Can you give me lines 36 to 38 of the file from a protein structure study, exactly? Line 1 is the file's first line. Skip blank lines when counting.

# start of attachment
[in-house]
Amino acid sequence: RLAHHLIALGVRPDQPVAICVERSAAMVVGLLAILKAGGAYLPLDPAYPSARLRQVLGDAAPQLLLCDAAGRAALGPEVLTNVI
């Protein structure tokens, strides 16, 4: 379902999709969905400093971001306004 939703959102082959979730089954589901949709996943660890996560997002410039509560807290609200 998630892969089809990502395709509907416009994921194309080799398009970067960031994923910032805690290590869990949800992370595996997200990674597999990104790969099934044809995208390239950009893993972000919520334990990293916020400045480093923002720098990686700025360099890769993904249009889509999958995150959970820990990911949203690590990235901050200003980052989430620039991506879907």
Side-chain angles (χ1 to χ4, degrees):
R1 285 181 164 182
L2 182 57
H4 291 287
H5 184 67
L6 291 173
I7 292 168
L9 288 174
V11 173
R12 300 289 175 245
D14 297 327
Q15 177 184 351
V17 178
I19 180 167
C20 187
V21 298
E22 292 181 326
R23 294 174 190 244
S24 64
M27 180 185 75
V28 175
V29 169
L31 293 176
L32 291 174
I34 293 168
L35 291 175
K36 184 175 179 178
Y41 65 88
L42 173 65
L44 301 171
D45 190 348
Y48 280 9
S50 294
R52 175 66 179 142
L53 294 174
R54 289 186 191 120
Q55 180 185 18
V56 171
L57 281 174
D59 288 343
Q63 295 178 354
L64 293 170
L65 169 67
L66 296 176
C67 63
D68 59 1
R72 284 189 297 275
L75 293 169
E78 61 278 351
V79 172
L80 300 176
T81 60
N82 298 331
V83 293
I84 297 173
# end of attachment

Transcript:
S50 294
R52 175 66 179 142
L53 294 174